The Arlington County Board of Zoning Appeals this week approved several exceptions to the county housing code that would allow a Chicago-based development firm to purchase the 437-unit Shirlington House apartment complex and convert it to condominiums.

Immediately after the vote Monday night, angry tenants vowed to appeal the ruling to the Arlington county Circuit Court.

Under the proposal by the development firm, CBI Fairmac, Shirlington House would be converted to dondominiums over a two-year period. The high-rise complex, off Shirley Highway near the Arlington-Alexandria line, now includes a mix of efficiencies, one-bedroom and two-bedroom apartments with rents ranging from $310 to $470 a month, according to the Shirlington House rental office. The complex currently is owned by Shirlington House Partnership, which includes John safer Properties.

Before the conversion plan can be completed, CBI Fairmac must submit plans to the county Survey Department and the Virginia Real estate Commission.

Nearly 100 tenants appeared at this week's meeting to protest the planned conversion, led by attorney Ira Lechner, who is representing the Shirlington House Tenants Association.

"The condominium crisis has effectively removed moderate-income housing from this community," Lechner told the five-member Board of Zoning Appeals, which voted 4-1 to grant the exemptions sought by CBI Fairmac.

Fairmac is the development corporation credited by many couty observers with starting the condominium stampede in Arlington almost 10 years ago.Its first project was the massive Fairlington Villages complex near Shirlington House.

Since that first county condominium conversion, 13 percent of the county's current housing supply has been transformed to condominium-type units, according to a report prepared in March by the county Housing Advisory Committee. Less than 10 years ago, there were no condominiums in Arlington, the report said. Lechner distributed copies of the report to the zoning commission members Monday night.

Between 1972 and 1978, the survey stated, 10 Arlington complexes were converted to condominiums. In 1979 alone, six additional complexes were added to the list of condo conversions, and last year, 11 buildings were converted.

At Monday's meeting, Shirlington House tenants took turns outlining their case against conversion of their apartments.The board heard the stories of:

* Mrs. Irvil Burdene, who has lived in Shirlington House 18 years and said she may not be able to afford to purchase her apartments.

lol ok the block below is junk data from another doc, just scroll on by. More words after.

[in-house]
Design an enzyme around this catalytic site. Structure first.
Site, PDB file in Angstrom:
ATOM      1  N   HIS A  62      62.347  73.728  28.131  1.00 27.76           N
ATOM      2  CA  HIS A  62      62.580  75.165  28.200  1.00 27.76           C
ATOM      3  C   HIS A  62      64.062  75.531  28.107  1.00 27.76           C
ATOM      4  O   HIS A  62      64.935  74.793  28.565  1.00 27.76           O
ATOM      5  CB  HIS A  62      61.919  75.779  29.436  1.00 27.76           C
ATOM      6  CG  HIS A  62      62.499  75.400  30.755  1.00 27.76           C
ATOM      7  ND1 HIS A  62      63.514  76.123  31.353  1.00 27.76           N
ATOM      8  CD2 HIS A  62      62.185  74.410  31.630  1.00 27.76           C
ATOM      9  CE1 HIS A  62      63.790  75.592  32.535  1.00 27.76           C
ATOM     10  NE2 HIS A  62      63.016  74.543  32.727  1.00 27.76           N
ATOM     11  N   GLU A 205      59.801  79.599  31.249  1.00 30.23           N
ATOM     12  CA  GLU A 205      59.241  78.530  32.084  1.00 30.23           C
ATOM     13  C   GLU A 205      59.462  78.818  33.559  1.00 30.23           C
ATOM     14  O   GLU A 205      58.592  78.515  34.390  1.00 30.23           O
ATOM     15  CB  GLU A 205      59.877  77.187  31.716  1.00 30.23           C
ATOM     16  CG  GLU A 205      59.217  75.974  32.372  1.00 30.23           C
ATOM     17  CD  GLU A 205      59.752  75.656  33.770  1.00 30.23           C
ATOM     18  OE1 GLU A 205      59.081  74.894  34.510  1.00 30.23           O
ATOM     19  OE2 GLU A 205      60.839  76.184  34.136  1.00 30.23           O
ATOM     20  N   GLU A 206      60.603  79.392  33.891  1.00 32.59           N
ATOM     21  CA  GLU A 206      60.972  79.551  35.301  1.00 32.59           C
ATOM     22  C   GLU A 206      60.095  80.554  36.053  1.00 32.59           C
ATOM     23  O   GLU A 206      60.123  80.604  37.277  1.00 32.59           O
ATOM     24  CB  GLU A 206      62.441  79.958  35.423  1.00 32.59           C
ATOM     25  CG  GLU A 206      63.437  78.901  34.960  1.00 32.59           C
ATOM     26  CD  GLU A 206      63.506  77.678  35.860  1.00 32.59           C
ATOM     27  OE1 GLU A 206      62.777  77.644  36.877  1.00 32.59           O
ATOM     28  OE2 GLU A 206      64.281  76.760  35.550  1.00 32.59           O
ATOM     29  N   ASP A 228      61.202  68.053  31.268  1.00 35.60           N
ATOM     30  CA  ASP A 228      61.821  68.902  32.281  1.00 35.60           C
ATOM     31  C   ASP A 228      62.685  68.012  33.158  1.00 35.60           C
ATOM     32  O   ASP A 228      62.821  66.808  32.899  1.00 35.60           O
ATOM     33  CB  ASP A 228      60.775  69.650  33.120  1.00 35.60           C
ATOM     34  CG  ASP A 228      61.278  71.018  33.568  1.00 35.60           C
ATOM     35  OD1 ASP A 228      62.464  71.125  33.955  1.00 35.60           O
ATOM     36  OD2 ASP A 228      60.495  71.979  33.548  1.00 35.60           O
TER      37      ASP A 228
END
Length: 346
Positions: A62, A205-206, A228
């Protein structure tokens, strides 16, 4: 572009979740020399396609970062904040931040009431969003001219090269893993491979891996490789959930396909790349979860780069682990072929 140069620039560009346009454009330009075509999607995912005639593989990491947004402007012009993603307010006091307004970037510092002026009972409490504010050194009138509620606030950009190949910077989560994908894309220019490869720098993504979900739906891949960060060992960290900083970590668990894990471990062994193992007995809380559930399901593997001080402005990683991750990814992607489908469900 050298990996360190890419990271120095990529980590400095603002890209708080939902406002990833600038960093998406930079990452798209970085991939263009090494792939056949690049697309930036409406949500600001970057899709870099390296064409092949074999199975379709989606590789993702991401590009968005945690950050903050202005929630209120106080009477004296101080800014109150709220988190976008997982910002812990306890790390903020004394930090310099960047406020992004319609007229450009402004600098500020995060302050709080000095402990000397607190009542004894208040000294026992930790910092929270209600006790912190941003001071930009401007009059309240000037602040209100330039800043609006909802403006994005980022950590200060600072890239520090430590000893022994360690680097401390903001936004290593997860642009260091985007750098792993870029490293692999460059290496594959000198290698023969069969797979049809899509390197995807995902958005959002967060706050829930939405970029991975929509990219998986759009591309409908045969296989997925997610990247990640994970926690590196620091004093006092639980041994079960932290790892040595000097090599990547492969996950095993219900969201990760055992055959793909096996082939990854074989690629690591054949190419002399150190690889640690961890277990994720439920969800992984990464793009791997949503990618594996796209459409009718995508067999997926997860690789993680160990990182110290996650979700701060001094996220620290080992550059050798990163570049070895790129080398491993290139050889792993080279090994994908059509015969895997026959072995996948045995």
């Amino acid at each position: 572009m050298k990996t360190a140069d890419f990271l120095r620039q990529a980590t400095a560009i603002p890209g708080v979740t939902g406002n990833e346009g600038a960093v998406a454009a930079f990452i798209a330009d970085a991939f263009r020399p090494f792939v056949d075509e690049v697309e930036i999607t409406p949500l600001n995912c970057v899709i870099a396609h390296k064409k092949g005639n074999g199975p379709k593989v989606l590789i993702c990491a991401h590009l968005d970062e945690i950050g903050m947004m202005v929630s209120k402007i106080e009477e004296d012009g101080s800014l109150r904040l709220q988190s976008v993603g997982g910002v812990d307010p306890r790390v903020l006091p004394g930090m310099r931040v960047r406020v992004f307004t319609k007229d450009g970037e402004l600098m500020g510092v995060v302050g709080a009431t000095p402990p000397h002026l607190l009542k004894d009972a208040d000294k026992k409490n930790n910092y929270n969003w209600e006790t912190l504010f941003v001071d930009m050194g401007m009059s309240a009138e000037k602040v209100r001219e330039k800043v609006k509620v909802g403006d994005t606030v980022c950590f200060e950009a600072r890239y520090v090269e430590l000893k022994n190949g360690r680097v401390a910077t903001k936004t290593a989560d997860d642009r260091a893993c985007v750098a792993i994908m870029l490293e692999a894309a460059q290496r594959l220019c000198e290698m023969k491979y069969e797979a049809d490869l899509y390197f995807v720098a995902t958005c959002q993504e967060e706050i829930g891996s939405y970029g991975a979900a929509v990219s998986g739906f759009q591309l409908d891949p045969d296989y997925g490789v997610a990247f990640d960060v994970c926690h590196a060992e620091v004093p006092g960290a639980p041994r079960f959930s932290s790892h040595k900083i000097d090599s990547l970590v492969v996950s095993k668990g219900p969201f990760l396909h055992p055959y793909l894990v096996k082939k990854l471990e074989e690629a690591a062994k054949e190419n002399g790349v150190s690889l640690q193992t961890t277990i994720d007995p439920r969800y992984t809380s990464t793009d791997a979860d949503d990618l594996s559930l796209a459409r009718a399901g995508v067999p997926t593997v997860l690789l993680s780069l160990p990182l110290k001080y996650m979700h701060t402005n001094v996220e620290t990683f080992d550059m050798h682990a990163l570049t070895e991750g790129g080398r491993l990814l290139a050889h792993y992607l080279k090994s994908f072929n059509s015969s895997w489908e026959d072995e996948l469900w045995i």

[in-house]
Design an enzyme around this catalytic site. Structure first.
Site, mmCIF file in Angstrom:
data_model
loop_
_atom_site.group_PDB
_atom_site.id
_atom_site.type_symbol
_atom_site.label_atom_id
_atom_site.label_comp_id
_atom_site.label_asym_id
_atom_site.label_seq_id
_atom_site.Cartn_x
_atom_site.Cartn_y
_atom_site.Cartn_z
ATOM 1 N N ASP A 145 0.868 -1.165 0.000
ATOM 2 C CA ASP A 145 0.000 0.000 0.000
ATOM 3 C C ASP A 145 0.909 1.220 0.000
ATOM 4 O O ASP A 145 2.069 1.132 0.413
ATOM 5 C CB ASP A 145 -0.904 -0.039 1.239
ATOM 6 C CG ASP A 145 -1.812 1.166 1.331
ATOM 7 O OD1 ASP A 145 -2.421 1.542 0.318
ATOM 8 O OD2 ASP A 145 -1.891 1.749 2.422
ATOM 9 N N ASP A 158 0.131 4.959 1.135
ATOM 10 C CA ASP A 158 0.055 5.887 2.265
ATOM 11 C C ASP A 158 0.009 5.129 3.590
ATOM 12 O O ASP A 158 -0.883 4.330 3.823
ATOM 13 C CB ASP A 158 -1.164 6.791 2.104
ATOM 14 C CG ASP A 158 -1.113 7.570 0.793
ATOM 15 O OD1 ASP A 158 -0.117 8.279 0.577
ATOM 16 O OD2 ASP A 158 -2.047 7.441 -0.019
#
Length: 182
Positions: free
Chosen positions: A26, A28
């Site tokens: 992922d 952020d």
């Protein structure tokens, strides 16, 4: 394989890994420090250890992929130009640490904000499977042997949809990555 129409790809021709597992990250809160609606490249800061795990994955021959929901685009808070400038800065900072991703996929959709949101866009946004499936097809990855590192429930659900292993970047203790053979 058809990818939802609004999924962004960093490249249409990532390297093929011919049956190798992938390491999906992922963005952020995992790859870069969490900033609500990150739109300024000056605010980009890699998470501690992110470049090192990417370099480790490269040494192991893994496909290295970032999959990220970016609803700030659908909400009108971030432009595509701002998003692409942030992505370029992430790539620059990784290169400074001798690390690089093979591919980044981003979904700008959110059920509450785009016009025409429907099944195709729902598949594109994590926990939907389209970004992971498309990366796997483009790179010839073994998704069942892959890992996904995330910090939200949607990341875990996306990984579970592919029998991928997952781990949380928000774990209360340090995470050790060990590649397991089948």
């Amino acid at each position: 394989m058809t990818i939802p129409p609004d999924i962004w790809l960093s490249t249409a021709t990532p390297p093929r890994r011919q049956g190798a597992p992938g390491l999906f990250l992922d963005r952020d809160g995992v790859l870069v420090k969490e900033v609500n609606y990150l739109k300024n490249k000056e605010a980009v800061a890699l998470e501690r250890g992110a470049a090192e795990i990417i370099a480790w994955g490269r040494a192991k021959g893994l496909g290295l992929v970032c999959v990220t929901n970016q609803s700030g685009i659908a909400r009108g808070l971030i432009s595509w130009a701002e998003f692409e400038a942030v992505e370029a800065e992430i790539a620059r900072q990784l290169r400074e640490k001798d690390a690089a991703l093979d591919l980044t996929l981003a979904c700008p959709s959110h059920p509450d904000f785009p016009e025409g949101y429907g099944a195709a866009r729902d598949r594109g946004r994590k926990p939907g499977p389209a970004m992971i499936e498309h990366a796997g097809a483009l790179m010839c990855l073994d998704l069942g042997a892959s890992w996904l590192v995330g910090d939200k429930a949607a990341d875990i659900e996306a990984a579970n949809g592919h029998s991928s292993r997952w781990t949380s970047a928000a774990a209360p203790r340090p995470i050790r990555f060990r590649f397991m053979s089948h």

* Polly Faulkner's elderly neighbor, who already has been displaced by condominium conversions at two other apartment complexes.

* Wallace Welsh, a young professional who estimated 75 percent of the tenants would be unwilling or financially unable to purchase units.

Most of the concern was for the elderly. Said Lechner, "The elderly have become the boat people of the Washington metropolitan area -- some of these people have been 'condoed' twice, and now they're facing a third time."

Current tenants would be given a substantial discount on purchase of their apartments, according to Patrick Mayberry, vice president of Fairmac. He said prices would range from the low $30,000s for an efficiency to the high $60,000s for two-bedroom units. No major remodeling would be completed on those units, he said.

The cost would jump substantially for outsiders, but would include major remodeling to the units, Mayberry said. Tenants would have the option of purchasing those apartments also.

In seeking approval of its plans, CBI Fairmac had requested variances from two housing code requirements: One restricts condominiums to buildings no taller than six stories, the other requires a substantially lower density than at Shirlington House.

Thomas J. Colluci, an attorney representing the developer, noted that the building met county building codes when it was built 20 years ago, and that his client's plan would require no major changes at the complex.

"Strict application of the (current housing) code would present an undue hardship," Colucci said. "It would prohibit use as a condominium when it would be allowed to operate in identical conditions as a rental apartment."

In addition to the Fairlington Village and Shirlington House condominium conversions, Fairmac has been involved in the development of Rosslyn Heights in Rosslyn and Fairlington Town in Alexandria. The firm unsuccessfully attempted to buy and convert the sprawling McLean Gardens complex in Northwest Washington several years ago.